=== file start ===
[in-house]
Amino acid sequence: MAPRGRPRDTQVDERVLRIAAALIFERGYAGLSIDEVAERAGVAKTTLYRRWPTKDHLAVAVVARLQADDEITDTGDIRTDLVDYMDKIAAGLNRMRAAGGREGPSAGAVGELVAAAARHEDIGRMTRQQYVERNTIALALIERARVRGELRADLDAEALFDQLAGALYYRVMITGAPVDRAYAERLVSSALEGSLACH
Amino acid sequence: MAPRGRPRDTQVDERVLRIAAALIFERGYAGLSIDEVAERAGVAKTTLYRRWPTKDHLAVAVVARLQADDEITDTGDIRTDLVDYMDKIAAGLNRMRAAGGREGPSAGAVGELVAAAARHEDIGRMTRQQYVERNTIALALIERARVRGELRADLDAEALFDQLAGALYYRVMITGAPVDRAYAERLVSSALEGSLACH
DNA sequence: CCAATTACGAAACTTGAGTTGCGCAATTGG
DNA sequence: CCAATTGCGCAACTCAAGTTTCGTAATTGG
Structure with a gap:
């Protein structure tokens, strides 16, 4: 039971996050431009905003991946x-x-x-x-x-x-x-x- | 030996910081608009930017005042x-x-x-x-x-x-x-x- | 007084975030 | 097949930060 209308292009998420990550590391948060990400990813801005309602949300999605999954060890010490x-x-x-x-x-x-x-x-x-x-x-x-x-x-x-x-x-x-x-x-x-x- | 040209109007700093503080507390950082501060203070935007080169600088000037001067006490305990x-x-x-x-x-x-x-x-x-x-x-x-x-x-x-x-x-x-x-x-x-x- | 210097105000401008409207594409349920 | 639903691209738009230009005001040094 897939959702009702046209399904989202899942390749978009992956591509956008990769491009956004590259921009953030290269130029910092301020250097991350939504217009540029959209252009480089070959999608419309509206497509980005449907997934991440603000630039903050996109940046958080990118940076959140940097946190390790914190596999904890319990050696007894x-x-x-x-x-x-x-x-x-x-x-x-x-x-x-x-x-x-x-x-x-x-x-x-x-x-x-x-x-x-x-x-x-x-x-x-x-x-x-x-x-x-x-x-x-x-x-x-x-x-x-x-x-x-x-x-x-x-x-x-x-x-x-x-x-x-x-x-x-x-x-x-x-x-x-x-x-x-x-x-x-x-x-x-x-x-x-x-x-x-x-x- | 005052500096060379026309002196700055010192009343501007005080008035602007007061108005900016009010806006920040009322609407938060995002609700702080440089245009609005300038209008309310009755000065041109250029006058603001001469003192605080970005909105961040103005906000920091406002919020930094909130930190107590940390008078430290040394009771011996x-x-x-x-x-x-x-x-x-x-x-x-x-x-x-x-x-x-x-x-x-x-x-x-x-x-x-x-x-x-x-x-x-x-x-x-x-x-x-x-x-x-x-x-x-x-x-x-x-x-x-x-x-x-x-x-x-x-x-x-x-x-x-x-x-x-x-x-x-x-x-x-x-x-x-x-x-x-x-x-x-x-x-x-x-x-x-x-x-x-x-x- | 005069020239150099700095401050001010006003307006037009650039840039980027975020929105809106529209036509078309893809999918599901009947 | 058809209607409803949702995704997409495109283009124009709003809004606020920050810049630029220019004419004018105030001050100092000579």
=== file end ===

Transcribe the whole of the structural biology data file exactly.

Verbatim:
[in-house]
Amino acid sequence: MAPRGRPRDTQVDERVLRIAAALIFERGYAGLSIDEVAERAGVAKTTLYRRWPTKDHLAVAVVARLQADDEITDTGDIRTDLVDYMDKIAAGLNRMRAAGGREGPSAGAVGELVAAAARHEDIGRMTRQQYVERNTIALALIERARVRGELRADLDAEALFDQLAGALYYRVMITGAPVDRAYAERLVSSALEGSLACH
Amino acid sequence: MAPRGRPRDTQVDERVLRIAAALIFERGYAGLSIDEVAERAGVAKTTLYRRWPTKDHLAVAVVARLQADDEITDTGDIRTDLVDYMDKIAAGLNRMRAAGGREGPSAGAVGELVAAAARHEDIGRMTRQQYVERNTIALALIERARVRGELRADLDAEALFDQLAGALYYRVMITGAPVDRAYAERLVSSALEGSLACH
DNA sequence: CCAATTACGAAACTTGAGTTGCGCAATTGG
DNA sequence: CCAATTGCGCAACTCAAGTTTCGTAATTGG
Structure with a gap:
């Protein structure tokens, strides 16, 4: 039971996050431009905003991946x-x-x-x-x-x-x-x- | 030996910081608009930017005042x-x-x-x-x-x-x-x- | 007084975030 | 097949930060 209308292009998420990550590391948060990400990813801005309602949300999605999954060890010490x-x-x-x-x-x-x-x-x-x-x-x-x-x-x-x-x-x-x-x-x-x- | 040209109007700093503080507390950082501060203070935007080169600088000037001067006490305990x-x-x-x-x-x-x-x-x-x-x-x-x-x-x-x-x-x-x-x-x-x- | 210097105000401008409207594409349920 | 639903691209738009230009005001040094 897939959702009702046209399904989202899942390749978009992956591509956008990769491009956004590259921009953030290269130029910092301020250097991350939504217009540029959209252009480089070959999608419309509206497509980005449907997934991440603000630039903050996109940046958080990118940076959140940097946190390790914190596999904890319990050696007894x-x-x-x-x-x-x-x-x-x-x-x-x-x-x-x-x-x-x-x-x-x-x-x-x-x-x-x-x-x-x-x-x-x-x-x-x-x-x-x-x-x-x-x-x-x-x-x-x-x-x-x-x-x-x-x-x-x-x-x-x-x-x-x-x-x-x-x-x-x-x-x-x-x-x-x-x-x-x-x-x-x-x-x-x-x-x-x-x-x-x-x- | 005052500096060379026309002196700055010192009343501007005080008035602007007061108005900016009010806006920040009322609407938060995002609700702080440089245009609005300038209008309310009755000065041109250029006058603001001469003192605080970005909105961040103005906000920091406002919020930094909130930190107590940390008078430290040394009771011996x-x-x-x-x-x-x-x-x-x-x-x-x-x-x-x-x-x-x-x-x-x-x-x-x-x-x-x-x-x-x-x-x-x-x-x-x-x-x-x-x-x-x-x-x-x-x-x-x-x-x-x-x-x-x-x-x-x-x-x-x-x-x-x-x-x-x-x-x-x-x-x-x-x-x-x-x-x-x-x-x-x-x-x-x-x-x-x-x-x-x-x- | 005069020239150099700095401050001010006003307006037009650039840039980027975020929105809106529209036509078309893809999918599901009947 | 058809209607409803949702995704997409495109283009124009709003809004606020920050810049630029220019004419004018105030001050100092000579």